Richard from

  3. Thanks for your comments James and Richard. I will continue to post information that arises from time-to-time, whether it supports or argues against renewable energy. It is important for all parties to research the matter further to support their particular stance on the matter. Furthermore, one must adhere to the requirements stipulated in planning legislation when presenting evidence to planning committees or inspectorate, otherwise it won't be taken in to account in my experience. All the best for 2014.

  4. Interesting comments from Geoff but I think he misses the point. Many of us who are opposed to the proposed Nocton wind farm are not necessarily opposed to ALL wind farms, but rather opposed to them being built in the wrong place for reasons such as effects on wildlife, destroying of a beautiful landscape etc. For example there are 6 wind turbines at Seaforth container port in Liverpool which blend in perfectly with the neighbouring industrial setting. By contrast just imagine 20 wind turbines on the top of Snowdon mountain. They would effectively destroy a unique environment. This of course is an extreme example. I personally along with many others, who care about the local countryside believe that Nocton fen is the WRONG PLACE for a wind farm.
    I do not myself believe that wind farms are the answer to our energy problems. Rather than a proliferation of wind farms everywhere I would prefer a few carefully sited new nuclear power stations.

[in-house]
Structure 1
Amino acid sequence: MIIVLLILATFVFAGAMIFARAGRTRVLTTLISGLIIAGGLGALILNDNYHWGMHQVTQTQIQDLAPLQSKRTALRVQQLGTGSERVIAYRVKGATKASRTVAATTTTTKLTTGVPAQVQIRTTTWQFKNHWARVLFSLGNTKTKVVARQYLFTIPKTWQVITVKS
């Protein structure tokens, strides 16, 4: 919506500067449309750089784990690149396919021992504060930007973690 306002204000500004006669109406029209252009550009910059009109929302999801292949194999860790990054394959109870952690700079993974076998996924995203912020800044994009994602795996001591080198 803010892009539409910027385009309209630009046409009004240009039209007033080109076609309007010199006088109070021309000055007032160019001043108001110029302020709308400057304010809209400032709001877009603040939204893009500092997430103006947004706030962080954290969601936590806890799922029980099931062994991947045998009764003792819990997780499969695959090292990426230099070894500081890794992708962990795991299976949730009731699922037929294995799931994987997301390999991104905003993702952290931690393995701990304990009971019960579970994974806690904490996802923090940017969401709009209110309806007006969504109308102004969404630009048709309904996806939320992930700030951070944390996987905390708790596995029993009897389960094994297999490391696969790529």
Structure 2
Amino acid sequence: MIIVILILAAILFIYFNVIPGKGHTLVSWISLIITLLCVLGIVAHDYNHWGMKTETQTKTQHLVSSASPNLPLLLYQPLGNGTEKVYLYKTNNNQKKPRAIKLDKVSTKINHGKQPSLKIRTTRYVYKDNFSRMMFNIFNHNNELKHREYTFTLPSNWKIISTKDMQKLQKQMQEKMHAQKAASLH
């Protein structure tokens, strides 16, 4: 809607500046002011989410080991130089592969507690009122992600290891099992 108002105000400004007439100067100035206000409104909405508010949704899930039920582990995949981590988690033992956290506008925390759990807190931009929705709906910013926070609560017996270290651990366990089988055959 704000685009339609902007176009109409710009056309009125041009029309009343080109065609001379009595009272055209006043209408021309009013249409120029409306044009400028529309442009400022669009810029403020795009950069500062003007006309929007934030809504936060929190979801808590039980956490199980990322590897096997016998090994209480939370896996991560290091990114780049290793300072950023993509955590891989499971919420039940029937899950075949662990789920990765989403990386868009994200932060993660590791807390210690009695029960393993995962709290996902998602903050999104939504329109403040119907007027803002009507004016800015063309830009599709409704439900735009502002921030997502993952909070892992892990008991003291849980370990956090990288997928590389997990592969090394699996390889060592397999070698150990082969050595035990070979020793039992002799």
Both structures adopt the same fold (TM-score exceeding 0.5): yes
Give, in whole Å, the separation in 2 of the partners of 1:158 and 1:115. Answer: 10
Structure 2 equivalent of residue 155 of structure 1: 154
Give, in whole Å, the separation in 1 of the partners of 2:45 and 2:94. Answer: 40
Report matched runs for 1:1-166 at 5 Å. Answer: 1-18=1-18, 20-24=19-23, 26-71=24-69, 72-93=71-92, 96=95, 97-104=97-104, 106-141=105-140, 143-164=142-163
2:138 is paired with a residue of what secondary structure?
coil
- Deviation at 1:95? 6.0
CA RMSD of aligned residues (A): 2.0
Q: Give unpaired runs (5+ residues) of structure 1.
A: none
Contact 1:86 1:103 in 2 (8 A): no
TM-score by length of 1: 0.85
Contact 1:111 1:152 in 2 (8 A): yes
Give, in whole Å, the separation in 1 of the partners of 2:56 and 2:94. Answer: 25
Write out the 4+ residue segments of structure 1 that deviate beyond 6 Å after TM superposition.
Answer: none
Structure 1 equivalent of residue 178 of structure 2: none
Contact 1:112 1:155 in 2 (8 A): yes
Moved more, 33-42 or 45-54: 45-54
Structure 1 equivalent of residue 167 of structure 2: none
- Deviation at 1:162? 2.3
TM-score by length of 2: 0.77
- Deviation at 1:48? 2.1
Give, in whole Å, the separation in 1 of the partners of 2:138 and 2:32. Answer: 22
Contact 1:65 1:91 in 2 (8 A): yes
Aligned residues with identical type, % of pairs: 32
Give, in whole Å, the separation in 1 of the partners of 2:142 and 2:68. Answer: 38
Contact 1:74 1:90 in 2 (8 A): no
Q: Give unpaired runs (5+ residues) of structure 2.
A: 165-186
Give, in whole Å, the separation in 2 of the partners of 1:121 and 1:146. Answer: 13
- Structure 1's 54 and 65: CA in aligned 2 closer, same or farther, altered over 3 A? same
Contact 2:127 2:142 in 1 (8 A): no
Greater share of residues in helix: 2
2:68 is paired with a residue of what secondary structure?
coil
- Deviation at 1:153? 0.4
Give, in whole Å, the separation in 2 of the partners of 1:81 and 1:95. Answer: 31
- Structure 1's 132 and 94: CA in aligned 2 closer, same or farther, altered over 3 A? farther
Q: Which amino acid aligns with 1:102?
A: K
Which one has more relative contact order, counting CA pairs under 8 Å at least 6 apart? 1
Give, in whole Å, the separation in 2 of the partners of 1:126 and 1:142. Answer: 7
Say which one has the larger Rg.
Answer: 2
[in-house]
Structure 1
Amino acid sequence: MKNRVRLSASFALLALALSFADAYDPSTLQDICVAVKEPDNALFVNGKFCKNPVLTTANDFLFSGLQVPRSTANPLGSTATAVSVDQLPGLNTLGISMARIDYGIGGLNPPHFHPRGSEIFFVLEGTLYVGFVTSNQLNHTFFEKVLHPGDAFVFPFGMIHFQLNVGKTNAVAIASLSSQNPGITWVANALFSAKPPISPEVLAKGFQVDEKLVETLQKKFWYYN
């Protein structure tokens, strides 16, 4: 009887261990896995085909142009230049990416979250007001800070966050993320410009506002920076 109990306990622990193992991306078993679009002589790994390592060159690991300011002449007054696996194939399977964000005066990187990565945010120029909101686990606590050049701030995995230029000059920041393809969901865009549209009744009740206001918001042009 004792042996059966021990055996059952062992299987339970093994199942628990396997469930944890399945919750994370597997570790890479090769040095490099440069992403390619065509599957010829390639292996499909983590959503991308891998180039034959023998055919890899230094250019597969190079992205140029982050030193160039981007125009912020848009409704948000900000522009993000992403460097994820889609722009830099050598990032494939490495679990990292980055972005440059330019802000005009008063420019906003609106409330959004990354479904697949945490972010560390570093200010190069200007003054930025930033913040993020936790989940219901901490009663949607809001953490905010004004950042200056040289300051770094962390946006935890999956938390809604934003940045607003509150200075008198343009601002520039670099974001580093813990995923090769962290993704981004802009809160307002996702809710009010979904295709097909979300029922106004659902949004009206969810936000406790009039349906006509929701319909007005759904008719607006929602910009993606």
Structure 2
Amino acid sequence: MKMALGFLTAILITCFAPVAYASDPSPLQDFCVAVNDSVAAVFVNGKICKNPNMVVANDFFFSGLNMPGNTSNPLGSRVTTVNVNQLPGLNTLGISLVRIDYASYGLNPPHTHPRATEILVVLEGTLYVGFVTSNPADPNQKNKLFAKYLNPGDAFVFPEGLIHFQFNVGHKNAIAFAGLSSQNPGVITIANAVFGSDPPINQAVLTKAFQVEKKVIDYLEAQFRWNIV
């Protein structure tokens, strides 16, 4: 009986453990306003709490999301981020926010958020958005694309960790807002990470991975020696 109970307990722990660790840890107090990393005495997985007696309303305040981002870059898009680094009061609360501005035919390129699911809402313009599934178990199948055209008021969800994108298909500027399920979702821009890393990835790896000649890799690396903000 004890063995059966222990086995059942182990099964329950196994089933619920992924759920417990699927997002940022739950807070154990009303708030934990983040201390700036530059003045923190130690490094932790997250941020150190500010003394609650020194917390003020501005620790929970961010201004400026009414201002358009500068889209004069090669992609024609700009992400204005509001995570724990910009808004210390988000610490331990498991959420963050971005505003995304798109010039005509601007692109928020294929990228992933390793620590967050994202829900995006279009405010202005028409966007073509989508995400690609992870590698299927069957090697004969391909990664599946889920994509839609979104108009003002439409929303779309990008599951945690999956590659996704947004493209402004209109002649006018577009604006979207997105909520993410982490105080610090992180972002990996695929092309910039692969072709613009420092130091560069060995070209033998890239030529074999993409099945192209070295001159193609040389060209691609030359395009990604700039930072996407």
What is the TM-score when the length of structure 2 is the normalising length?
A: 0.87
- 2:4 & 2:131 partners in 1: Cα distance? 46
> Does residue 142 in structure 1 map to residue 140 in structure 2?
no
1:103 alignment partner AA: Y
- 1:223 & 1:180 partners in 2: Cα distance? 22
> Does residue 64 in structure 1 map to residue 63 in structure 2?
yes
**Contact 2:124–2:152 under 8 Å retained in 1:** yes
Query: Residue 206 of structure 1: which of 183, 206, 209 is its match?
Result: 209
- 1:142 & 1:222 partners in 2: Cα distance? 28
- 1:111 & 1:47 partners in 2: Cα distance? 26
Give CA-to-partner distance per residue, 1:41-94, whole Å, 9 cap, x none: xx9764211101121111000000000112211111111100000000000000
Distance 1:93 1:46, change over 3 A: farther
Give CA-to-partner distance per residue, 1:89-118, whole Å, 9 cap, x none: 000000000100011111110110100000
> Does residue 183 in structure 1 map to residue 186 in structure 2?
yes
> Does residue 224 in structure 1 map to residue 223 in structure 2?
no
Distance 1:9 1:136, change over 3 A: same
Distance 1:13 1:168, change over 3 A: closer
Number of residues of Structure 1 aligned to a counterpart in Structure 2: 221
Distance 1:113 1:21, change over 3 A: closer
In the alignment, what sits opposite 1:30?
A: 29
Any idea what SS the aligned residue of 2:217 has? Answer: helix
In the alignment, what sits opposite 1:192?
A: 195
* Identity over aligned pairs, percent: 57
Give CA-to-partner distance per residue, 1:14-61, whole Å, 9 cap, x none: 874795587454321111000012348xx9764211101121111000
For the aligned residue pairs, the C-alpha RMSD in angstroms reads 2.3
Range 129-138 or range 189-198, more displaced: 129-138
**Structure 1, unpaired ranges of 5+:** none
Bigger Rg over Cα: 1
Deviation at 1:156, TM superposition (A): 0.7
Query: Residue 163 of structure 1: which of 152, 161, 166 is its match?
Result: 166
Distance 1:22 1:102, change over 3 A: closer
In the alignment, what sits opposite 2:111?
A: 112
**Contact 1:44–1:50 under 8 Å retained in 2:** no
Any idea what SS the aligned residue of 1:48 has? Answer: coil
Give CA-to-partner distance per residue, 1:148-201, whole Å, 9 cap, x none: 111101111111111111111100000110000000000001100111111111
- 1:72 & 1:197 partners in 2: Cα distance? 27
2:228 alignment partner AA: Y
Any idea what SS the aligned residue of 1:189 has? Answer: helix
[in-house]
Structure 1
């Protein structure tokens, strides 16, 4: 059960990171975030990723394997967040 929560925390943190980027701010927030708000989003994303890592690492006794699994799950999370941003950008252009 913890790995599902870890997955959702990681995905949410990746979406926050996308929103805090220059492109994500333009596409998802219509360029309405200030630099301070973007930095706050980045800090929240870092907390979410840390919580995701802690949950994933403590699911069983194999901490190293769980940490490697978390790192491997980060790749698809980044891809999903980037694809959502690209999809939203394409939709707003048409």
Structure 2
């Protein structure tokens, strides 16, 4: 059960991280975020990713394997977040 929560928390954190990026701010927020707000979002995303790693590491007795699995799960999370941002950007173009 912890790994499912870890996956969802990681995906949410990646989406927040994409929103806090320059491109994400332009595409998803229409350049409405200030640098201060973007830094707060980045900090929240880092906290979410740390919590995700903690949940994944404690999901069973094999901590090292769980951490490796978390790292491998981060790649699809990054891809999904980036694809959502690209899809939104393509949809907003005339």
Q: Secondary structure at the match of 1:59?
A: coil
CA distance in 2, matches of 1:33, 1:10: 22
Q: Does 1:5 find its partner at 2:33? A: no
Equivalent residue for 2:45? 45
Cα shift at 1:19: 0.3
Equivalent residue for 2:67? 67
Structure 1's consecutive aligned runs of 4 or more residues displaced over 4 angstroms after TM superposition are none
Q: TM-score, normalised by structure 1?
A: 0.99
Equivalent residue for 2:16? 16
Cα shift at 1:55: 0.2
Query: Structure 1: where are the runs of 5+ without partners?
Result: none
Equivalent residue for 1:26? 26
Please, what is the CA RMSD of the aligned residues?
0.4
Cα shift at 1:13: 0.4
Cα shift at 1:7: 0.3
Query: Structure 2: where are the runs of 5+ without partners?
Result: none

I hope this debate will continue.

  5. I am in the so called young category mentioned by Mr James .I would be grateful if he could clarify why they are called wind farm ...
    Farms produce food not energy and why can't they have more wind energy production offshore ...

  6. My guess is they're called wind farms because they "harvest" wind energy. In much the same way that solar farms "harvest" the sun's energy.
    I'm sure all of the supporters of wind energy will be happy to call them wind power stations if that assists their continued deployment:)
    Offshore wind is a much more challenging technology to deploy, both technically and financially, which is why the subsidy for offshore wind is currently £155 per MW/h compared to £95 for onshore wind.
    Many large offshore schemes have been abandoned or scaled back just recently due to the challenge of erecting these massive structures in tidal waters.

  7. To me so called wind farms are INDUSTRIAL WIND POWER STATIONS. The problem is that many of them have been sited in the wrong places, particularly for example on or around the hills and mountains of Scotland. Some of us, myself included have a deep love and appreciation of beautiful landscapes. The wildness of Nocton fen has a beauty of its own, different of course to mountainous regions. Now let me say this- if someone drew graffiti on a masterpiece painting, that painting would be ruined. And that is precisely what all these wind farms are - a graffiti that ruins and destroys probably for ever our beautiful countryside landscape.
    Richard from Metheringham

  8. Thanks again for the contributions. I seem to recall the wind farm only has a shelf life of 25 years after which it has to be dismantled. I also think onshore wind farms are going to be a political football leading up to the next election. The climate appears to be changing on their suitability for our landscape. You may like to read my blog tomorrow as this is very topical.

  9. Hi Geoff
    Absolutely true about the 25 year life span, but they can apparently be reactivated (or whatever they call it) so they can continue producing energy.
    Look forward to your comments tomorrow.